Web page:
PBS vs. NASA: Thoughts on popular science education at a local museum

I love living in Portland, Oregon. Great nature parks. Great libraries. Great museums.

One such museum is the Oregon Museum of Science and Industry (OMSI), and they always have something interesting going on. Back in April, I was able to take my son to see the Kratt Brothers. They were discussing their new children’s program on PBS Kids, Wild Kratts. Many of my readers might know them from their earlier programs, Kratt’s Creatures and Zoboomafoo. I loved these shows when I was young, and my son now enjoys watching clips and episodes of Wild Kratts on the PBS website (we do not own a television). Each episode starts out with Chris and Martin Kratt discussing a specific animal, sometimes on location. Then they morph into their animated forms and fun and adventure ensues as we learn about adaptations while the Kratts foil the plans of various villains who want to exploit the animals. Oh, and they don creature power suits.

For an event that required parents to sign up for free, but limited, tickets through the OMSI website, I expected that we would get to meet the Kratt Brothers. Their presentation for a room full of kids was about thirty minutes, and they had a question and answer session as well.

Kratt Brothers at OMSI

Kratt Brothers at OMSI

Patrick seemingly entranced by TV characters talking about animals:

Kratt Brothers at OMSI

But did we get to meet them, take our kid’s picture with them? Nope. After the presentation, they darted out the side door of the auditorium so fast that my son was unable to give them a small piece of octopus art he had made for them. And tears gushed. (I passed off the art to an OMSI employee I knew and asked her to make sure they get it). It was a fun event, and I support PBS and most of their children’s programming (Wild Kratts and Dinosaur Train can’t be beat for educational shows). The event, however, felt very controlled, and it lacked a sense of personal connection.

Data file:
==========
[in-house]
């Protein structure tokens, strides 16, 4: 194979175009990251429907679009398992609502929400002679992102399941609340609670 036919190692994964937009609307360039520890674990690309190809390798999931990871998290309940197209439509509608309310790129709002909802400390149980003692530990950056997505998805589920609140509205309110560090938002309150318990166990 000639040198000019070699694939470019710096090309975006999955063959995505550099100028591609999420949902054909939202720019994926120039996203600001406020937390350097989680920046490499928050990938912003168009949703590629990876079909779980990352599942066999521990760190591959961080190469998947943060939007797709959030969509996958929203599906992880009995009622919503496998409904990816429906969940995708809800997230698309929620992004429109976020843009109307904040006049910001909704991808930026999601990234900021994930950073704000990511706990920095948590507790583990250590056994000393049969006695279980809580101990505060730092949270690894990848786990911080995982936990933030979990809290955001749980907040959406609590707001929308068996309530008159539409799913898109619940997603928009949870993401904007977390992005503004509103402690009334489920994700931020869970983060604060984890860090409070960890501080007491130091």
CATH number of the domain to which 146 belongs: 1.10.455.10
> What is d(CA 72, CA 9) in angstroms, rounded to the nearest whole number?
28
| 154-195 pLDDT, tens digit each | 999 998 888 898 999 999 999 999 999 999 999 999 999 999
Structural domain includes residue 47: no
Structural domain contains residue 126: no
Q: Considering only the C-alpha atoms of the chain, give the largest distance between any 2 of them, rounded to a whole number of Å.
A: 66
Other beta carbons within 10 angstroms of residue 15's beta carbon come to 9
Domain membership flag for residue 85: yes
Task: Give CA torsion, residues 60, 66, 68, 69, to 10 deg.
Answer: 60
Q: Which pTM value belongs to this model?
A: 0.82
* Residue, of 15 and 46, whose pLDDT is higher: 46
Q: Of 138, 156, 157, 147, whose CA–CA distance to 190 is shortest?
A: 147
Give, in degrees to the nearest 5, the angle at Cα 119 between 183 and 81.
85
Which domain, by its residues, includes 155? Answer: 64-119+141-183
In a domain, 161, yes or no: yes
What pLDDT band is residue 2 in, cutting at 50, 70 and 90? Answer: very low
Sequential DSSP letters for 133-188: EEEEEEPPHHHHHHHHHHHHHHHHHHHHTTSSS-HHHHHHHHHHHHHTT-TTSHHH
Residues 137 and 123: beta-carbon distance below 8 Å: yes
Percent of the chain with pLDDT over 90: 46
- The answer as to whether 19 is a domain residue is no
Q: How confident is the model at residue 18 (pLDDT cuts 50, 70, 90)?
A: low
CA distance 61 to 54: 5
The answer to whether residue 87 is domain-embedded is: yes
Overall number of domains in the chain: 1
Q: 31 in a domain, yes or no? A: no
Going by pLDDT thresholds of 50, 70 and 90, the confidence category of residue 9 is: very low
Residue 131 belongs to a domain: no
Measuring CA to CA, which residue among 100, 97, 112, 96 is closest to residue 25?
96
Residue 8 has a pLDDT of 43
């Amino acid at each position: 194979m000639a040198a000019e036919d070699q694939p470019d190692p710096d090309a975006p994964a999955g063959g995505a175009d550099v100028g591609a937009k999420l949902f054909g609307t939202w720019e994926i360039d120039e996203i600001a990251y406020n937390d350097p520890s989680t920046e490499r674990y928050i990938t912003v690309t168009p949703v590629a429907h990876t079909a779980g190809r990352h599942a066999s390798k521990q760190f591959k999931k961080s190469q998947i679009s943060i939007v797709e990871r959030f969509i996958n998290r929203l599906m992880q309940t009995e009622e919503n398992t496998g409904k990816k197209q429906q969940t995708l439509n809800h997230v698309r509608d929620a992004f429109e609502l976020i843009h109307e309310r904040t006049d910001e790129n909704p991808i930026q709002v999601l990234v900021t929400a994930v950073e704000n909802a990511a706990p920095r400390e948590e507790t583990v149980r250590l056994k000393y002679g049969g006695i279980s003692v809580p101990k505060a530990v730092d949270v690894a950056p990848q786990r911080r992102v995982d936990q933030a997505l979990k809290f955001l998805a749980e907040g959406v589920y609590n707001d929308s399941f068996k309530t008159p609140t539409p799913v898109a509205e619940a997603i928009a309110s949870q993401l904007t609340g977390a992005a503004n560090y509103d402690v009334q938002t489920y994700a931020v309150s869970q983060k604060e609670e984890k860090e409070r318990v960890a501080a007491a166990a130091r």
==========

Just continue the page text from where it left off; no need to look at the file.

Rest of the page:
The auditorium was full for the Kratt Brothers, children’s television celebrities. Some parents were even complaining on the museum’s Facebook page that they were unable to get tickets, or heard about it too late.

In July, Patrick and I went to OMSI for two more events. Earlier in the month, we headed over to the planetarium early on a Saturday morning to witness the the very last launch of the Space Shuttle: Atlantis (STS-135). The planetarium usually shows the launches of the shuttles, but this was the LAST! We had to go. We sat in the planetarium, groggy but excited, watching NASA television for an hour-and-a-half until the countdown.

Last Space Shuttle launch at OMSI

It was a great moment for me, because the three-decade history of the Space Shuttle program matches my three decades of life; and great for Patrick because he loves all things science and it’s something I wouldn’t want my son to miss.

Last Space Shuttle launch at OMSI